Because the blind card expires
Disabled representatives criticize the public transport industry
The blind card on public transport has been abolished because the industry says it is no longer needed today. Visually impaired organizations see it differently.
Published: 28 minutes ago
By the end of 2023, the blind card will be abolished on public transport. (icon picture)
At the end of the year, the blind card will be abolished on public transport. Apps, voice-supported web shops and automatic ticketing make identity cards superfluous for the visually impaired, as the industry organization Alliance Swisspass announced on Tuesday. In addition, the scope of the map is confusing and severely restricted depending on the region, it said.
In addition, according to the Disability Equality Act, the card represents unequal treatment compared to people with other disabilities. That is why the Alliance Swisspass decided to abolish the blind card, of which 5,500 are currently still in circulation.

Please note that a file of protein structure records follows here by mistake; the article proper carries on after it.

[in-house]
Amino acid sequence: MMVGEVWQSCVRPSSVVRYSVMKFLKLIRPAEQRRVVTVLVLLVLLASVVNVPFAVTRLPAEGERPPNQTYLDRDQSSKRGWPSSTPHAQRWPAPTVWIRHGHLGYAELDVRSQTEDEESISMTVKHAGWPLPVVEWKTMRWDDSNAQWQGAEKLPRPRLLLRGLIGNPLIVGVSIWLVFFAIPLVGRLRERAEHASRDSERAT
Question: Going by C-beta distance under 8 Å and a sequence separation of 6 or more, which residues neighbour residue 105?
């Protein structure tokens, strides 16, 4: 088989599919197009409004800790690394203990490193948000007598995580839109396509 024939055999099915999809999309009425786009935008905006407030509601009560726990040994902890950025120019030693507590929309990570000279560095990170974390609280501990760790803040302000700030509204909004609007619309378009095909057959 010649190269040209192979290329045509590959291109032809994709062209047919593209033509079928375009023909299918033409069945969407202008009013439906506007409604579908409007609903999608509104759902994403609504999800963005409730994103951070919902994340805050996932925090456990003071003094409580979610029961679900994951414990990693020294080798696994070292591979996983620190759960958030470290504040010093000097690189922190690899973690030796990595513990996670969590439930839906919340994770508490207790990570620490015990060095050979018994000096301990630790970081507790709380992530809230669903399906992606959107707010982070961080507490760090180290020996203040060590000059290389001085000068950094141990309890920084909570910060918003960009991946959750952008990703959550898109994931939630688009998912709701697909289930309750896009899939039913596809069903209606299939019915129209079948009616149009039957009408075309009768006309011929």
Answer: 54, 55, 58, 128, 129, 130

No replacement measure for the elderly
Disabled people see things very differently: Martin Abele from the Swiss Association of the Blind and Visually Impaired (SBV) says: “There are no substitute measures for the visually impaired at an advanced age or for those without an affinity for technology,” says Abele.
Although the SBV suggested such alternative measures, these were rejected by Alliance Swisspass. Abele finds this incomprehensible – because with the current procedure, certain visually impaired people would be excluded from society.
Guide dogs for the blind are still allowed to drive for free
The ID card for the blind and visually impaired, also known as the blind card, has been around for around 50 years. It was introduced at the time because the advent of ticket machines and the elimination of ticket purchases in vehicles made it very difficult for the blind and visually impaired to purchase public transport tickets.
The ID card for travelers with a disability, the “accompanying subscription”, remains valid, according to the statement from Alliance Swisspass. All persons who are dependent on an accompaniment on public transport because of a disability are entitled to this.
With this subscription, a person, either the disabled person or the accompanying person, travels in Switzerland free of charge on all routes within the validity area of the Half-Fare travelcard. In addition, a guide dog or assistance dog may be taken along free of charge. (SDA/bgs)